“It was among the Ibos, formerly despised by the people of Calabar as source of slaves and as a backward people of the interior, now feared and disliked as energetic and educated, that the first political party formed.”

  1. “It is important to remember that of this (Ogoja) Province’s 1,082,000 inhabitants, 723,000 are Ibos, almost entirely in Abakaliki and Afikpo (Divisions), while the census classifies 350,000 as “Other Nigerian Tribes.”
  2. The Rivers Province …includes the two divisions of Brass and Degema, both overwhelmingly Ijaw, and the Ogoni Division. The former Rivers Division also includes over 300,000 Ibos of whom 250,000 are in Ahoada Division and 45,000 in Port Harcourt. Port Harcourt is a town of recent growth and of rapidly increasing importance; it is built on land that belonged originally to an outlying branch of the Ibo tribe, the Diobus, but is largely inhabited by the Ibos from the interior who have come to trade or seek employment….Of the total 747,000 in the Rivers province, 305,000 are Ibos, 240,000 are Ijaws and 156,000 are Ogonis.”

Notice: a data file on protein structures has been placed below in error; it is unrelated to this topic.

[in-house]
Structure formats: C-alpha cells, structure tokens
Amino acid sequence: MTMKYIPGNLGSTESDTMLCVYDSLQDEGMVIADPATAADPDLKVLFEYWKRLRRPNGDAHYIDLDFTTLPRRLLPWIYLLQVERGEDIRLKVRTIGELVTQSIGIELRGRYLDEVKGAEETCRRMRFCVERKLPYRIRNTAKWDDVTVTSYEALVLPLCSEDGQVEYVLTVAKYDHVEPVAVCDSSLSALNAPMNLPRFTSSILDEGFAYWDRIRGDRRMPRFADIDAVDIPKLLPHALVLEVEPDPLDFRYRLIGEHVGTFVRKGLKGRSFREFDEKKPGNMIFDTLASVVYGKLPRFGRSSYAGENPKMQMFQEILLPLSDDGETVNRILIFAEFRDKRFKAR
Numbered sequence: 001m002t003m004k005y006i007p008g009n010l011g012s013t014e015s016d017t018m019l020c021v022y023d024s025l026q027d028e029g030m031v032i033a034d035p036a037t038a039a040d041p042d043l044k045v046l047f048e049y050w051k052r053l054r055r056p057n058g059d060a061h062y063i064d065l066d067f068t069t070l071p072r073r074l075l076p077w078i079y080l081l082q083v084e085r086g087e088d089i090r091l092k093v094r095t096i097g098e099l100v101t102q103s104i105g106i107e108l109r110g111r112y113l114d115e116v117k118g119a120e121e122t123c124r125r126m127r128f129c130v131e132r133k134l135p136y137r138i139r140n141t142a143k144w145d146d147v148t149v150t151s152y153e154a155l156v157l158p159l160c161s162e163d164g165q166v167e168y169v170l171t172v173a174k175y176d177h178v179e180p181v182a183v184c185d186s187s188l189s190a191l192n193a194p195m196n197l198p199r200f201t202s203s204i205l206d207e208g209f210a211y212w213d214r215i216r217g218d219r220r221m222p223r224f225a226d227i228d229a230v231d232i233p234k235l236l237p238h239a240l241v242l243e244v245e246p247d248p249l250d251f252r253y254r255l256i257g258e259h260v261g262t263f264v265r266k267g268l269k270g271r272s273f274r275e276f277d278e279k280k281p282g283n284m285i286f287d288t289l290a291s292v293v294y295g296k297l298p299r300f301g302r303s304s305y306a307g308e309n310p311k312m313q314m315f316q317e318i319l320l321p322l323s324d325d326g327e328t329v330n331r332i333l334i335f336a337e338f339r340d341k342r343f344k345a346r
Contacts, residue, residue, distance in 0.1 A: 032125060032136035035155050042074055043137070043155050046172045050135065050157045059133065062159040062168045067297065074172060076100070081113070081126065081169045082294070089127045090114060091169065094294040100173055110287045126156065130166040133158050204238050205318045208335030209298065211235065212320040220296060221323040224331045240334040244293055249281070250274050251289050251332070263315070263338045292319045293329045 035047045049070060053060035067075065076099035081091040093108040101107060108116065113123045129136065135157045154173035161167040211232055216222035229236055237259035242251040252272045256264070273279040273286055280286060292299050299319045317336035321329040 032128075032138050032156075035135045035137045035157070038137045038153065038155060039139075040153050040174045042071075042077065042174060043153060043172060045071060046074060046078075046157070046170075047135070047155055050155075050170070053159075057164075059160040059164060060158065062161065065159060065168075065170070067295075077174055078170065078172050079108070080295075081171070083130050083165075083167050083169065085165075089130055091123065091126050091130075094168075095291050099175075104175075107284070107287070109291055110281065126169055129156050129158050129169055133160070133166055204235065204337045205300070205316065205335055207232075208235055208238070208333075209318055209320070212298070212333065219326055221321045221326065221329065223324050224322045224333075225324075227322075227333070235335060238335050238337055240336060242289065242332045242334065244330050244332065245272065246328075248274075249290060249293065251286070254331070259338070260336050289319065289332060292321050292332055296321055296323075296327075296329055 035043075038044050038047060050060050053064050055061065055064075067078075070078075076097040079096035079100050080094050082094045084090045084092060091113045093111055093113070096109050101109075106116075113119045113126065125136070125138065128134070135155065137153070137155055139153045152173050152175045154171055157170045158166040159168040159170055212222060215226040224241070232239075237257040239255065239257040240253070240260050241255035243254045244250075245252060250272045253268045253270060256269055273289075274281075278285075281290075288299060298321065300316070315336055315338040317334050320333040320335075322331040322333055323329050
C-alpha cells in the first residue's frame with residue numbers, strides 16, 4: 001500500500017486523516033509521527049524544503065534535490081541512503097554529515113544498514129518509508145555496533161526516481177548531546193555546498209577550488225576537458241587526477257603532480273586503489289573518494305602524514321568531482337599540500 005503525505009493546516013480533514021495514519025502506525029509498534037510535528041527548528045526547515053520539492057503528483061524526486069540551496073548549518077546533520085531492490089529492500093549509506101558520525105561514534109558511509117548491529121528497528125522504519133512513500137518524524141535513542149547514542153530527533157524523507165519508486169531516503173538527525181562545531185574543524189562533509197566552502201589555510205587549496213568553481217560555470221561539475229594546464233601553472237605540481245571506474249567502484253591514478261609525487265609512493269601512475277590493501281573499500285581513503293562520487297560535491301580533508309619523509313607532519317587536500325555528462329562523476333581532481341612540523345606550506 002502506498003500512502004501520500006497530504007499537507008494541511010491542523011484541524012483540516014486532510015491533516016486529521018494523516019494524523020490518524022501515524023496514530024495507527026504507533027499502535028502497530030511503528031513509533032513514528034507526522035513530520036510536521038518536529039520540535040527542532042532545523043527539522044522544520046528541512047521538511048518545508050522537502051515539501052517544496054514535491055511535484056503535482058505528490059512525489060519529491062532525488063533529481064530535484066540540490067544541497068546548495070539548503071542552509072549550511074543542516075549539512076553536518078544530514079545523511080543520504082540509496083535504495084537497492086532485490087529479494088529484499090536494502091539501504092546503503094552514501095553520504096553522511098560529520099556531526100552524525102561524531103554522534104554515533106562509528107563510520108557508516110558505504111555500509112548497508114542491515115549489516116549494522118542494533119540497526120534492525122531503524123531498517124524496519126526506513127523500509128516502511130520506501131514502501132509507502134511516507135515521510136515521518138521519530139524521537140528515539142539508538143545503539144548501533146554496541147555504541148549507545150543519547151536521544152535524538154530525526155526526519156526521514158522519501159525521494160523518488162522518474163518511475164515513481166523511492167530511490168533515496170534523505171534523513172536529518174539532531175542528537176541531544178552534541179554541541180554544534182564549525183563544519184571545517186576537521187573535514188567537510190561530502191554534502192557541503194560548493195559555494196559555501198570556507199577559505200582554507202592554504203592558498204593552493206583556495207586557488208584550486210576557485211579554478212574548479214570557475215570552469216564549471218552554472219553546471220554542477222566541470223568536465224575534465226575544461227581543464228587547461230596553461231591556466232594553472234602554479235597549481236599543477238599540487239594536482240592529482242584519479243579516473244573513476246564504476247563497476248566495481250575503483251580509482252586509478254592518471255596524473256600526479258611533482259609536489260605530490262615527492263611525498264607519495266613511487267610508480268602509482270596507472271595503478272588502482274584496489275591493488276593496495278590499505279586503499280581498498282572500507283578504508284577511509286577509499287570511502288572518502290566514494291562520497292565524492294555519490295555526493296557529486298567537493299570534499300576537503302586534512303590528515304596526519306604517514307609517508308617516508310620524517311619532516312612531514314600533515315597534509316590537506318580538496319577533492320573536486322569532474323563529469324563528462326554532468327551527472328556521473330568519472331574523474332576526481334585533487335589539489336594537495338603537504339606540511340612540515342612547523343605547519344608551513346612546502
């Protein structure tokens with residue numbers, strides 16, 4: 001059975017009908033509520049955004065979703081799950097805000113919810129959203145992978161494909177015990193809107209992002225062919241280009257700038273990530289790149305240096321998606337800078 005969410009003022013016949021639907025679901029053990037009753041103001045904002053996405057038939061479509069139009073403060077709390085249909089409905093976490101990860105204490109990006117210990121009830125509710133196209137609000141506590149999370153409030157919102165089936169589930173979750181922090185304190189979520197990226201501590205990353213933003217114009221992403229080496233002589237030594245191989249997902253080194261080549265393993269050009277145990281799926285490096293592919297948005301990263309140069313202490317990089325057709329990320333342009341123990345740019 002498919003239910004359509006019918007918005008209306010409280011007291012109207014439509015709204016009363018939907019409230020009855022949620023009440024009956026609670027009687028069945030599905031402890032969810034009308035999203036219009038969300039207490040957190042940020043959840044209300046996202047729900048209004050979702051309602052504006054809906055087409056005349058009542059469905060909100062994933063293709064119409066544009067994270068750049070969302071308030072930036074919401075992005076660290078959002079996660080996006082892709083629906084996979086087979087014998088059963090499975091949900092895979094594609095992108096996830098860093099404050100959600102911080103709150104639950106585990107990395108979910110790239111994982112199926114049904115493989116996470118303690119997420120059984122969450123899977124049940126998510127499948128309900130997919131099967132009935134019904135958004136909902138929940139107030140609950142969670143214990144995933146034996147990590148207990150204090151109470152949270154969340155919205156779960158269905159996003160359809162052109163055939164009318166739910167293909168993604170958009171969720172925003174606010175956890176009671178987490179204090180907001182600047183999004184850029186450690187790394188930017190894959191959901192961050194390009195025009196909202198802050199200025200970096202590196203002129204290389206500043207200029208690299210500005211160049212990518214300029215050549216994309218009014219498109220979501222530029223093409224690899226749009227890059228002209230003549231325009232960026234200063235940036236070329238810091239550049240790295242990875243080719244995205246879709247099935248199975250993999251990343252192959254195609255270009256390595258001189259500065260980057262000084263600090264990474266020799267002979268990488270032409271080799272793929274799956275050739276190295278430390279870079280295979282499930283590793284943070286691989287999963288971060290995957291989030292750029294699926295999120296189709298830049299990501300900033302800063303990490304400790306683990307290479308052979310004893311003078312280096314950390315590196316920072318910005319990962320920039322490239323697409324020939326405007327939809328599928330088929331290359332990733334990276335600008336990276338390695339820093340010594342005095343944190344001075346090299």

3. “The strip to the south of the Ibo block, is physically, divided by a block of Ibo territory, tipped by the important Ibo town of Port Harcourt and tribally divided between the Ijaws and the Ogonis.”
  4. “In the whole of this non-Ibo area there is present in varying degree some fear of being over-run, commercially and politically, by the Ibos….. if Ahoada and Port Harcourt, which are really Ibo, are considered with the solid centre of Ibo population, there are 54 seats for the Ibo area and 30 for COR (Calabar, Ogoja and Rivers) in (Eastern Regional House of Assembly).”

THE FEARS AND GRIEVANCES OF MINORITIES